Last week I didn't really want to go out on the day I'd picked. I was tired from the day before and I had more than plenty to get on with in the warm surroundings of home. This coupled with the fact that I couldn't actually think of anywhere to go made it rather difficult. However, in the end I settled on a brief shopping trip to Redhill in Surrey. It's not a big shopping centre but it does have a medium sized Marks & Spencer and a range of other shops. I've been there many times before in male mode and it's a place that's always struck me as a bit on the "tough" side, so I felt a little wary.

But it was ok, even if I wasn't there too long. I picked up a few pairs of knickers in M&S (a girl can never have too many) and then had a general wander around. I think I was aware of one "reading" but didn't feel threatened at all. Then it was back home to the warm and all those jobs I should have been doing.

Today was my day this week for going out and once more it was very cold and I couldn't think of where to go. I know I must be in need of some warm weather, just like all of us. Yesterday brought us quite a lot of sunshine although it was still cold. This morning as I opened the curtains in my nightie (strange place to have curtains) the sunshine flooded in and I could feel the warmth all around me. Then I realised the heat was coming from the radiator in front of my legs. Back to reality............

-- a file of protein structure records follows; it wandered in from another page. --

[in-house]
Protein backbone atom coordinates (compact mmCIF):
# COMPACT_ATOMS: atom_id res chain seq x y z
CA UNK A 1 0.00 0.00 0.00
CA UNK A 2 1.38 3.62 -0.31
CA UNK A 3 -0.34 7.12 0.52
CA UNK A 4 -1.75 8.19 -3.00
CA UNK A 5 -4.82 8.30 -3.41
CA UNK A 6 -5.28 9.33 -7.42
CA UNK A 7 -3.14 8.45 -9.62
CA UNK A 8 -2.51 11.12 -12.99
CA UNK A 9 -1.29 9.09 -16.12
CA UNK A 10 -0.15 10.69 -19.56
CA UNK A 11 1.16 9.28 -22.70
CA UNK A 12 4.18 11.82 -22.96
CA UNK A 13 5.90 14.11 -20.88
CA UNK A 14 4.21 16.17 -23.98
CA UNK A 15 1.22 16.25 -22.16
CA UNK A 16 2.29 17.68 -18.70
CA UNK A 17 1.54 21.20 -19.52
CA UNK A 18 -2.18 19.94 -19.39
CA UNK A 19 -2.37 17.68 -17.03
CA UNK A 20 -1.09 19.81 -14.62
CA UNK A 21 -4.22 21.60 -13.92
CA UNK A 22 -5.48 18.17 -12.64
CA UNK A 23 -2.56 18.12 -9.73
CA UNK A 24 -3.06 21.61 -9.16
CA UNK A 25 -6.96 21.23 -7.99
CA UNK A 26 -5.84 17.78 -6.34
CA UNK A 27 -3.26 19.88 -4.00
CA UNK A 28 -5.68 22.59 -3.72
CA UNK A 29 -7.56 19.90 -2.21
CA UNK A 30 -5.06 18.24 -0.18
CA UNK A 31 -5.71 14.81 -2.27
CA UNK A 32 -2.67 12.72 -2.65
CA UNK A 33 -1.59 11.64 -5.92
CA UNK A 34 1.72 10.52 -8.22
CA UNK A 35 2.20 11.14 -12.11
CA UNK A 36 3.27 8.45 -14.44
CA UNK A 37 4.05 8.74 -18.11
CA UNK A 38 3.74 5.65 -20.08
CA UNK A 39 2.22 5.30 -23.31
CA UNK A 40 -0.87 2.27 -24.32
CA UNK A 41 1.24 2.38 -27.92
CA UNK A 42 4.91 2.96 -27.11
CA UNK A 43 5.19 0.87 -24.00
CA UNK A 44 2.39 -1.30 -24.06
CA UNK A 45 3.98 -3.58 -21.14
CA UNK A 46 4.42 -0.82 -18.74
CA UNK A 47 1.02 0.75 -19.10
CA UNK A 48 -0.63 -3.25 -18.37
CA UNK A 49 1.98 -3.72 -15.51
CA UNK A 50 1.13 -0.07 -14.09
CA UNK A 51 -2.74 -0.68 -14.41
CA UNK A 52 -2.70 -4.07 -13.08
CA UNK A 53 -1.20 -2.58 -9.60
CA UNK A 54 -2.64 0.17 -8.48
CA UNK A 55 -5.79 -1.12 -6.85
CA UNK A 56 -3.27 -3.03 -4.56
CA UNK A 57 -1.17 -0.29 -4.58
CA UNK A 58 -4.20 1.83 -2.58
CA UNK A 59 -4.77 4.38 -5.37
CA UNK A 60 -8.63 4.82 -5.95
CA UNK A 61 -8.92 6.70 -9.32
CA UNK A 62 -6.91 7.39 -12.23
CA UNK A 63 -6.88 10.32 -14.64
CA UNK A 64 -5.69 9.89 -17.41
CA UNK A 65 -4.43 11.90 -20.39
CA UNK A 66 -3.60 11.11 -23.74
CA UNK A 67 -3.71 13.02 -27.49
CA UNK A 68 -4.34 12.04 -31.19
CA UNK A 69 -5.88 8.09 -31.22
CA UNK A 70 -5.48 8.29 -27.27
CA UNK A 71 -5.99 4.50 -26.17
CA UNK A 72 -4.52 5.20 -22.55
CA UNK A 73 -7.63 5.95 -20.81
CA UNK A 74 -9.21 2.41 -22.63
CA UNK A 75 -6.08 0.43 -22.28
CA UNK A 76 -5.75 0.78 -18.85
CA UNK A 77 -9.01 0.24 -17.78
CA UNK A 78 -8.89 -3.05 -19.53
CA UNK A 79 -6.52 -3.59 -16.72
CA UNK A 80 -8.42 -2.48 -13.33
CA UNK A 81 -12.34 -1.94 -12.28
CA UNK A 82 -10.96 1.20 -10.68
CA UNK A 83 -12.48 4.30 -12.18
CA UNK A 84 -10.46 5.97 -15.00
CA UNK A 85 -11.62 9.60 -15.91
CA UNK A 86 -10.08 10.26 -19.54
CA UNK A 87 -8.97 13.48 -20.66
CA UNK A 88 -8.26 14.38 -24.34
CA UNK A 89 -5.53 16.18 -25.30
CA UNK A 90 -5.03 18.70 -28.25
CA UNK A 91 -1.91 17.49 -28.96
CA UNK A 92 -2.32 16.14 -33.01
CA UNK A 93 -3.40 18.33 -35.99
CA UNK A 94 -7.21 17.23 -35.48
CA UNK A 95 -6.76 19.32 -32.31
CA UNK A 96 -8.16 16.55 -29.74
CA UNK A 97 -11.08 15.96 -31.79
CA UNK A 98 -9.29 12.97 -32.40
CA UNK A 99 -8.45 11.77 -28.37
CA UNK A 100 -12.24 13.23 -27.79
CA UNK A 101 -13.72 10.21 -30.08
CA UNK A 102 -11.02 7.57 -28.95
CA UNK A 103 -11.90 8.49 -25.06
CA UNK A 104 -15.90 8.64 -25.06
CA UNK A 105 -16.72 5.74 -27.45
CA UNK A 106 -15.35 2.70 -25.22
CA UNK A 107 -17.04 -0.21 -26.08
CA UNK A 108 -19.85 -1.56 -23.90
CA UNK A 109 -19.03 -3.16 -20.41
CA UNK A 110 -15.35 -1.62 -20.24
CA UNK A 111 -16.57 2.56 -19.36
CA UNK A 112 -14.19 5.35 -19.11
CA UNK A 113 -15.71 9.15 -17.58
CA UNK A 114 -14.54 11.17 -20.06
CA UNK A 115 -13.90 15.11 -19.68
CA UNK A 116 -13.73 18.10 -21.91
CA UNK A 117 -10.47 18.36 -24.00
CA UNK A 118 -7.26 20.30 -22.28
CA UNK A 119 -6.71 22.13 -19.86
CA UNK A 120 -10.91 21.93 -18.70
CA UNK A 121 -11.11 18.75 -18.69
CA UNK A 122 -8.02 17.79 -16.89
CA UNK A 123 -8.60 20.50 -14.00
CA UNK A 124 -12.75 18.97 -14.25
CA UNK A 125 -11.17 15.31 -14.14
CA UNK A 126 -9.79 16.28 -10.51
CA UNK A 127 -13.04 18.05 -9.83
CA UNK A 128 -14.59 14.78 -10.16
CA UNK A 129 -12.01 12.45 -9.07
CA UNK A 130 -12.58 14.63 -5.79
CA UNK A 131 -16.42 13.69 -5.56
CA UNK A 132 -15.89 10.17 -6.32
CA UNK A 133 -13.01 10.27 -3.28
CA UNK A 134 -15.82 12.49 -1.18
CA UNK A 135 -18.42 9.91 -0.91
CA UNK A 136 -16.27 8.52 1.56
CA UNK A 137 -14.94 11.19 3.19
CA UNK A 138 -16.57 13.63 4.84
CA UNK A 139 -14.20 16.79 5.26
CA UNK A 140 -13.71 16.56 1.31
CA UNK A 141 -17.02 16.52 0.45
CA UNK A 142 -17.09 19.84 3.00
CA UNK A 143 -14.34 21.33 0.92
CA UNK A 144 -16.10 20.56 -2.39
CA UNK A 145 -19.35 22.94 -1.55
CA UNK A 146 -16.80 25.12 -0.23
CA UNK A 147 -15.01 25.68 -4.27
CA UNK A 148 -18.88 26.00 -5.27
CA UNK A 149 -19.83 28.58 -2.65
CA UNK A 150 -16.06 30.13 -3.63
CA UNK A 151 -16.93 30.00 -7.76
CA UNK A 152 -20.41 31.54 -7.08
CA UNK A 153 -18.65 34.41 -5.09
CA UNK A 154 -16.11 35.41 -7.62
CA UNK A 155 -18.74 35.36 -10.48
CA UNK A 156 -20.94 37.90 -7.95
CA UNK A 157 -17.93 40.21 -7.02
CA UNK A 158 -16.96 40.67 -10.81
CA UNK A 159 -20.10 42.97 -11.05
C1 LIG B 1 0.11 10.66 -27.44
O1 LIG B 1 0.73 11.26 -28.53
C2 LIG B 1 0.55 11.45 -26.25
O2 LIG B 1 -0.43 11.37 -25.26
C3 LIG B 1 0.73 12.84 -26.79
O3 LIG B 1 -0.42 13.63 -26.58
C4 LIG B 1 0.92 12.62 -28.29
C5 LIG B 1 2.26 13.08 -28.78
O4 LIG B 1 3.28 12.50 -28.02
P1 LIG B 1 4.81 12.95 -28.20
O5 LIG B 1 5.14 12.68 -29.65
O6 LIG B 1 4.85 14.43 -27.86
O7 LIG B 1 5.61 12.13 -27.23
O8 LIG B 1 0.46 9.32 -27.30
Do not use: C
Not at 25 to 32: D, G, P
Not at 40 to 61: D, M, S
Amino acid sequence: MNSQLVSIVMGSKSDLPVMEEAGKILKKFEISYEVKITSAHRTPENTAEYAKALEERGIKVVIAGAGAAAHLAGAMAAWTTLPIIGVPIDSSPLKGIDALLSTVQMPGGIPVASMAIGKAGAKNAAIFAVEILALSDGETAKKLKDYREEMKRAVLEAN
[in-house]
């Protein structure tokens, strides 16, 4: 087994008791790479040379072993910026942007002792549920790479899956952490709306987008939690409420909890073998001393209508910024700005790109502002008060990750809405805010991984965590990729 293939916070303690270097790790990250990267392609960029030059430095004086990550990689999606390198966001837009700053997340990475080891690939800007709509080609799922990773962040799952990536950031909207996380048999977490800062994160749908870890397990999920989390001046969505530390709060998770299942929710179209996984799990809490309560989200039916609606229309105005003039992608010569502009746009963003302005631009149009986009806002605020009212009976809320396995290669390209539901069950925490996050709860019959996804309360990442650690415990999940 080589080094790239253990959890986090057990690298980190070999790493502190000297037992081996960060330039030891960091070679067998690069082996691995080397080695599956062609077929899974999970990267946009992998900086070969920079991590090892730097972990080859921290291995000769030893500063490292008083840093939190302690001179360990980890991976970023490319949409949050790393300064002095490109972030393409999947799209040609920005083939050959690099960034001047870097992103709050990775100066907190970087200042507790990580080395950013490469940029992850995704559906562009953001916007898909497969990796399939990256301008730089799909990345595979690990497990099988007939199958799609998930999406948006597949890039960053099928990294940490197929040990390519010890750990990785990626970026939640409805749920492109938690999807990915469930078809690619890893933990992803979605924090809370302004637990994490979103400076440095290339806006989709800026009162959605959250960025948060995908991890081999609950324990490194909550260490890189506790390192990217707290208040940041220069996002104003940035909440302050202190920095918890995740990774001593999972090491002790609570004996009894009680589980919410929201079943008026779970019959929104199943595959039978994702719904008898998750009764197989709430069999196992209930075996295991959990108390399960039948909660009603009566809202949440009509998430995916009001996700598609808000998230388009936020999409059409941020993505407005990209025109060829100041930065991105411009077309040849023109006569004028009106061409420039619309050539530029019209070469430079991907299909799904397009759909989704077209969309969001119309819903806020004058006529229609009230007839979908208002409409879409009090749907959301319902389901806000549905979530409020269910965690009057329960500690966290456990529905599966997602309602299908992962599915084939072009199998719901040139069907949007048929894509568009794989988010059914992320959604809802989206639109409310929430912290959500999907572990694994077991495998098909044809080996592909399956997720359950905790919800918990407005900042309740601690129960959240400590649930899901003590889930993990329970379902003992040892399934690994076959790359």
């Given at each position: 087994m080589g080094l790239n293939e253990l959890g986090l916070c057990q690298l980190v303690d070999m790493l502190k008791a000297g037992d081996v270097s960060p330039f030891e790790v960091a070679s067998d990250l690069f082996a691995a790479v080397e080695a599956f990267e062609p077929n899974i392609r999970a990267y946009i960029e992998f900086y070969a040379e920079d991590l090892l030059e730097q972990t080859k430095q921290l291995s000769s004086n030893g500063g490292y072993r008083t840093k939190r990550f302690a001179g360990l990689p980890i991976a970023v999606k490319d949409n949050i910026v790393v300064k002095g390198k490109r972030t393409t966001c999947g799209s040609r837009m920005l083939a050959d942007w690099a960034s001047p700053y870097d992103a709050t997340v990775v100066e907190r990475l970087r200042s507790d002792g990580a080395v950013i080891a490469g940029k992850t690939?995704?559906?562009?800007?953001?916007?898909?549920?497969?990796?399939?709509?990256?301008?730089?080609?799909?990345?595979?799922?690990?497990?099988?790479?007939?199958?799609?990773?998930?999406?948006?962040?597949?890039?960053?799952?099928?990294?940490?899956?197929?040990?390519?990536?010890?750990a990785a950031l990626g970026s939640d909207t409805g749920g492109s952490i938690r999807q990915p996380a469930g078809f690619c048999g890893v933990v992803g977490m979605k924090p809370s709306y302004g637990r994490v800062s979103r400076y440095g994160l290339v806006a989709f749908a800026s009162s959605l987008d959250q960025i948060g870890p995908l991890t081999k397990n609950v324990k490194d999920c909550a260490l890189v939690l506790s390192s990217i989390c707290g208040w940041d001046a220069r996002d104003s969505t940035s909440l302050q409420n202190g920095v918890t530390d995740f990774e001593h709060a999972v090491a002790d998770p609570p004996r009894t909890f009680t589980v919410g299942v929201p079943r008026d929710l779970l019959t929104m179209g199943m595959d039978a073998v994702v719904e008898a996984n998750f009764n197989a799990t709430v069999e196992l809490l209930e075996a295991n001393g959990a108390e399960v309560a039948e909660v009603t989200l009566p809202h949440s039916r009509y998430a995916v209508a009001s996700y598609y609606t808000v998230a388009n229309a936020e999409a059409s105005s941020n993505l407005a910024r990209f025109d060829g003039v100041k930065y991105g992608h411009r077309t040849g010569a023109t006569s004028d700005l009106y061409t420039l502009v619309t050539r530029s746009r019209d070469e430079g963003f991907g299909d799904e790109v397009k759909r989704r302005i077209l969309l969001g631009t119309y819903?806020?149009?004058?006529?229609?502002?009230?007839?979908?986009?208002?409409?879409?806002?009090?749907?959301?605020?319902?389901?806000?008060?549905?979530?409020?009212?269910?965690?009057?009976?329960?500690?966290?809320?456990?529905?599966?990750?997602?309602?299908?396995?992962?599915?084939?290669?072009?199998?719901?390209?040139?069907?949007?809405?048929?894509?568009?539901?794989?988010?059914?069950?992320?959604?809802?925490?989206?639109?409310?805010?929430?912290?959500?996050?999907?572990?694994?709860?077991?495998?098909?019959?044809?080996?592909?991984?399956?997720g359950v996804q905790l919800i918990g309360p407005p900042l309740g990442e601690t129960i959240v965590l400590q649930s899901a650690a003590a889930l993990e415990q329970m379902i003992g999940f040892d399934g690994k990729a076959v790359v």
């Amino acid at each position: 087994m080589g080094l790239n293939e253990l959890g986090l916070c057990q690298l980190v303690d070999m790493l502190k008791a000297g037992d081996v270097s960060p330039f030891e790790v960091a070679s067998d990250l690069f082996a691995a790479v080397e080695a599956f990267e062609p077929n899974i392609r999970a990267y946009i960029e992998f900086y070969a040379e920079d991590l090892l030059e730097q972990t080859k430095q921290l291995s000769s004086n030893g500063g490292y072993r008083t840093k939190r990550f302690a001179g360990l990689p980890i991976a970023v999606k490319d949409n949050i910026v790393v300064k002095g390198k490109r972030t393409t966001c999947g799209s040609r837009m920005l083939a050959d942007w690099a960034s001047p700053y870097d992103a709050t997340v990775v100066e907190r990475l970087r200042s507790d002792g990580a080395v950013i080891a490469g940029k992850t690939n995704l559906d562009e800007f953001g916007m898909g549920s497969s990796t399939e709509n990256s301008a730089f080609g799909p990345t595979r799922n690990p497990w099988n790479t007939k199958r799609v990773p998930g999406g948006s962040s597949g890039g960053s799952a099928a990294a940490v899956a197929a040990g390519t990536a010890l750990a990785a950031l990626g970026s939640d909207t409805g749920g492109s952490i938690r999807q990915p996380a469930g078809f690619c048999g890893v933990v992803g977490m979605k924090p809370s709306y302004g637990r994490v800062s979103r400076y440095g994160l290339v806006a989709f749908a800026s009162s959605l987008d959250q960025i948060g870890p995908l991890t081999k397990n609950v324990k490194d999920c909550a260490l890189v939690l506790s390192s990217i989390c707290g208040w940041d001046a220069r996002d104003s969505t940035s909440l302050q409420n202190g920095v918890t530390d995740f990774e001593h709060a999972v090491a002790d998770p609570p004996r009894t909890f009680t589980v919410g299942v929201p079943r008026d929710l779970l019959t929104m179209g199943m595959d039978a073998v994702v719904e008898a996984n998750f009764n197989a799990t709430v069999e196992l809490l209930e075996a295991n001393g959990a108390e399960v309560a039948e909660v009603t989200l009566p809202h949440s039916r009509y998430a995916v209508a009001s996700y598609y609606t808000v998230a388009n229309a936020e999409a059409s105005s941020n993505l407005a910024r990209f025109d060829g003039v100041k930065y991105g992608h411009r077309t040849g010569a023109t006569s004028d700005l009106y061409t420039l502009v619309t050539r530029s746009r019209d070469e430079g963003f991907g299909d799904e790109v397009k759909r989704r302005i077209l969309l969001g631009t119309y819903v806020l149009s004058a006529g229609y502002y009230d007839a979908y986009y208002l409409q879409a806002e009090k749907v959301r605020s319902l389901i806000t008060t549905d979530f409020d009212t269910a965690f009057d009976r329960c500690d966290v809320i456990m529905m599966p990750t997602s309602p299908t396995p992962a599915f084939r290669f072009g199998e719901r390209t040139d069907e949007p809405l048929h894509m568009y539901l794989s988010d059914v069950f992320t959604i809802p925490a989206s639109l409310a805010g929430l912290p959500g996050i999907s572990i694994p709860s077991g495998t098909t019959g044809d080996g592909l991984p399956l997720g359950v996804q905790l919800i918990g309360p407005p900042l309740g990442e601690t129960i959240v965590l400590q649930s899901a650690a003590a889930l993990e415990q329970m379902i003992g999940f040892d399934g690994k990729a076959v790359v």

The problem of where to go was partially solved when someone pushed a booklet through my door extolling the virtues of our local countryside and inviting me to explore it. I've always felt that I know my local countryside very well but this booklet had a few surprises. One of them was the "Toad Rock", near Tunbridge Wells in Kent. This is an outcrop of sandstone that has been weathered over the centuries into a form which looks like a giant toad sitting on a rock.

Me and "Mr Toad"
So, that was one place to go and another destination came from the local television news which featured a new modern sculpture that had been unveiled in Mayfield parish church, not far from Tunbridge Wells. So, that would do as another place to visit.